Last Sunday we posted Question 107 from Rev. Van Horn’s series on the Westminster Shorter Catechism, and I stated that we would re-run that series, but with some additional content. However, upon reviewing our files here at the PCA Historical Center, I see that we have another bundle of twenty articles by Rev. Van Horn on the doctrines of the Westminster Standards. This was a collection graciously donated a few years ago by the Rev. Vaughn Hathaway, and we’re particularly pleased to have this rather rare set of studies. So for the next twenty Sundays, we’ll be going through this series, and I trust you will find it as profitable as the former series. Today’s message is particularly apt for our times.
“To God’s Glory” : A Practical Study of the Doctrines of the Westminster Standards.
by Rev. Leonard T. Van Horn
THE SUBJECT : The Sovereignty of God.
THE BIBLE VERSES TO READ : Ephesians 1:11; Romans 9:15; 11:36; I Chronicles 29:11; Isaiah 9:6.
REFERENCE TO THE STANDARDS — Westminster Confession of Faith : chapter 2, paragraphs 1 2; chapter 3; chapter 10; Westminster Larger Catechism : Questions 7; 12; and 67; Westminster Shorter Catechism : Questions 4; 7; and 31.
This is the doctrine so basic to all other doctrines in God’s Word. This is the doctrine which is the foundation of our very lives. This is the doctrine meaning His absolute right to govern and dispose of all His creatures, simply according to His own good pleasure.
No matter what unsaved man might say, God has not lost control of this world. He cannot do so because as the Supreme, the Infinite, the Eternal Being He exercises absolute sovereignty over the whole of creation.
The question was once asked me, “How many times during a week do you make use of this doctrine?” How could one count the ways in which it is used? In counseling, in comforting, in teaching, in exhorting, and in preaching, this doctrine is the foundation. This doctrine furnishes the child of God with the ability to live and move and have his being while he completes his sojourn on this earth.
How precious it is to have the kind of God who has absolute dominion and authority! This is the kind of God with whom we want to deal in our salvation. So should it be that He is the kind of God with whom we want to deal in our lives after He has saved us. When we think Who He is we should cry out: “Alleluia – for the Lord God omnipotent reigneth!”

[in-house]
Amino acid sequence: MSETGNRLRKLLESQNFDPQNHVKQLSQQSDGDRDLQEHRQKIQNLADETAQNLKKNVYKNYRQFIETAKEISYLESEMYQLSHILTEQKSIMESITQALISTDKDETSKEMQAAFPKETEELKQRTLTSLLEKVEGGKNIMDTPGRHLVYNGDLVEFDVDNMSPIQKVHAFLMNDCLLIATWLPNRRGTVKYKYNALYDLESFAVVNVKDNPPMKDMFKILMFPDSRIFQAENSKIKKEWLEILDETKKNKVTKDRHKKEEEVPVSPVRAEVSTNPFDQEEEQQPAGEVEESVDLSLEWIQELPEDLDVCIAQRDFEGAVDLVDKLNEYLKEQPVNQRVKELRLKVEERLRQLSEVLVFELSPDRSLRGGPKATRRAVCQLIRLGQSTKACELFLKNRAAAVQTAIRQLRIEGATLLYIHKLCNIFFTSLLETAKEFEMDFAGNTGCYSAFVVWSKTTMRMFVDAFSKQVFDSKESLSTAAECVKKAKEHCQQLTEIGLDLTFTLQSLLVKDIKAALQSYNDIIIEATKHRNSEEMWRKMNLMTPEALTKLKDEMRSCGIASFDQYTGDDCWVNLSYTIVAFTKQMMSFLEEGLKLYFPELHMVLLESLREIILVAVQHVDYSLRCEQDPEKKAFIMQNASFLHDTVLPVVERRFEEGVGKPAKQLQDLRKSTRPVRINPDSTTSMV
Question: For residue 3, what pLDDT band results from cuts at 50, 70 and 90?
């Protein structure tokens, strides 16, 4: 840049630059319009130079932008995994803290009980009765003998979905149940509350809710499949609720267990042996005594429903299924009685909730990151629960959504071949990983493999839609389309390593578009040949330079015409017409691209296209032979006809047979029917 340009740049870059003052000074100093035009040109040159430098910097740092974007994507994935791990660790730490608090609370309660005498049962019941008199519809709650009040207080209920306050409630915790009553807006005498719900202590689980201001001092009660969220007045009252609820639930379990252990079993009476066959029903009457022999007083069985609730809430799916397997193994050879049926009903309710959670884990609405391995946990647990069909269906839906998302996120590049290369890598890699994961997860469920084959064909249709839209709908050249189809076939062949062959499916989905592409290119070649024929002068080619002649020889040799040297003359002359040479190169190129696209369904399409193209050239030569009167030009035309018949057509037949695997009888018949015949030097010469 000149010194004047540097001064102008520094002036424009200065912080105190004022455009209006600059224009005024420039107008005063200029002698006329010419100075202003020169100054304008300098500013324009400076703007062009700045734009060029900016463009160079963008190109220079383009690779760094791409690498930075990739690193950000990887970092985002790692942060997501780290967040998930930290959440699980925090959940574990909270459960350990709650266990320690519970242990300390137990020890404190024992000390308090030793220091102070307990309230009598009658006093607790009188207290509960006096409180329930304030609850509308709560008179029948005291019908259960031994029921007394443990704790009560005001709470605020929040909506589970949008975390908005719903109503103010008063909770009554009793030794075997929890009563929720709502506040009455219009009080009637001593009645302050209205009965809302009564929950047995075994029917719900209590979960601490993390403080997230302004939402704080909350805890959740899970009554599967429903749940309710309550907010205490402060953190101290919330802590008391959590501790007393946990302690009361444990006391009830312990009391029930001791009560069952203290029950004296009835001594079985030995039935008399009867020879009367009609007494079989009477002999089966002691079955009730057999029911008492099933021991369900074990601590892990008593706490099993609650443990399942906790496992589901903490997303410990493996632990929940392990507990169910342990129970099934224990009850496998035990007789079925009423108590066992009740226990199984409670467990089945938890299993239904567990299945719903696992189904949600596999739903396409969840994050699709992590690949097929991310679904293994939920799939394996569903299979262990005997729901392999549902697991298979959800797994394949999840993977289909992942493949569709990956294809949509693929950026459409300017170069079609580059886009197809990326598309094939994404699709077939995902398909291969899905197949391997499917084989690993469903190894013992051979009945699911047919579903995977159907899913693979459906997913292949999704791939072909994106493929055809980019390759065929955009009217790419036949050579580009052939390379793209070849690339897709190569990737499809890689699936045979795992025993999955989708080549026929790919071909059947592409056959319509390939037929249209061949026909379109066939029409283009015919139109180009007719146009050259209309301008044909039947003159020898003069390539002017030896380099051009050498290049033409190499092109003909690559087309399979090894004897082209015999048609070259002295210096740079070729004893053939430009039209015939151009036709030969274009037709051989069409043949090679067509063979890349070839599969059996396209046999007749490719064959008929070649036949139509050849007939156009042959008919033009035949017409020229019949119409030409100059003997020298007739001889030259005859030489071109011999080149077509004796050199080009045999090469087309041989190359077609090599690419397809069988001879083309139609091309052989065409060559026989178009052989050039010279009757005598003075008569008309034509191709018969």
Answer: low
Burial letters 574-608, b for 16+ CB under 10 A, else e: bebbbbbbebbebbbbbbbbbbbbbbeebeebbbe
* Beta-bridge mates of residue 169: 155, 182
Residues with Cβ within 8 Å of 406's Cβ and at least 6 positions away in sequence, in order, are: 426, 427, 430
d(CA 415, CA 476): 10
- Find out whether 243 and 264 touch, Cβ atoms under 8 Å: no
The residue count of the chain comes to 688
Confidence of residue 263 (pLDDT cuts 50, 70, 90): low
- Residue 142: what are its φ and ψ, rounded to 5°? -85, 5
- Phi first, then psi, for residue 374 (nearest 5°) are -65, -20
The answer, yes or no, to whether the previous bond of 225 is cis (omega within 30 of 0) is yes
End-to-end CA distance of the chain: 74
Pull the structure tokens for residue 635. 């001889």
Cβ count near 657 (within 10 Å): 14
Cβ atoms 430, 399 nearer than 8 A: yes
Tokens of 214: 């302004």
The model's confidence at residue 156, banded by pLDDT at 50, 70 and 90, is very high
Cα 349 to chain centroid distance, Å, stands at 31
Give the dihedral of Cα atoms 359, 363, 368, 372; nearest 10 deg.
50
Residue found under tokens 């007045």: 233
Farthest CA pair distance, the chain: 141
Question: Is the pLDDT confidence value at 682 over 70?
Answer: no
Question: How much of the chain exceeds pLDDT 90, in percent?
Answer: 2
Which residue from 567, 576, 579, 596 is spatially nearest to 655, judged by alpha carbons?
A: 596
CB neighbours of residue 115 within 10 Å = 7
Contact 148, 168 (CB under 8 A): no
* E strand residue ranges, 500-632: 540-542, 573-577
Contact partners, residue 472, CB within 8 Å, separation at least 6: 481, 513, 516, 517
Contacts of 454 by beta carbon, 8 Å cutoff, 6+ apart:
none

The danger regarding this doctrine is that we will not understand, and practice, an important aspect of it. We must understand that if we are to enjoy the benefits of this doctrine in our lives we must be willing to submit to Him as a Sovereign God. We glorify Him (I Cor. 10:3) when we submit to Him in all things (Rom. 6:13).
John Owens states, “The carnal mind is pleased with nothing of all this, but riseth up in opposition unto every instance of it. It will not bear that the will, wisdom, and pleasure of God should be submitted unto and adored in the paths which it cannot trace.” Though he was speaking primarily of theological matters, his statements are equally true regarding the common problems of God’s children.
A former Professor was fond of saying, when discussing the Sovereignty of God, “What the Bible says, God says, and that ends the matter, period!” There is so much value to this doctrine. We need to be reminded that it :
. . . Deepens our respect for the character of our God for He has “created all things, an for Thy pleasure they are and were created” (Rom. 4:11);
. . . Tells us of the depth of His wisdom (Rom. 11:33)
. . . Teaches us that His will does not change (Acts 15:18);
. . . Destroys the heresy of salvation by works for God helps those who are unable to help themselves (Rom. 9:16);
. . . Works against our human pride and teaches us humility for we know what we are, what we have, is unmerited on our part (Psalm 115:1).
This doctrine becomes real to us, becomes practical to us, when we begin to understand what Arthur Pink meant when he said, “God is infinite in power, and therefore it is impossible to withstand His will or resist the outworking of His decrees.” It is good for us to add one word to Pink’s statement, the word “My” right at the beginnin. “My” God is infinite in power and therefore I will not fear what man will do to me. “My” God is infinite in power therefore what time I am afraid I will trust in Him. “My” God is infinite in power and therefore I will both lay me down in peace and sleep; for Thou, Lord, only makest me dwell in safety. (Ps. 4:8).
This is the same as saying, “The eternal God is thy refuge, and underneath are the everlasting arms.” How we should praise God for this! How it should give to us absolute security! How it should give to us comfort in sorrow! How it should guarantee to us the final triumph of good over evil!
Certainly there are dark hours ahead for all of us. But how glorious it is to know that we will still be in the covenant for He is a Sovereign God whose strong arm is ever encircling us and whose promises are true and will be kept! He states this is His Word. And He proves it repeatedly in the working out of His providence in us.
All this leads us to sing out:
“Now let the feeble all be strong,
And make Jehovah’s power their song;
His shield is spread o’er every saint,
And thus supported, who can faint?”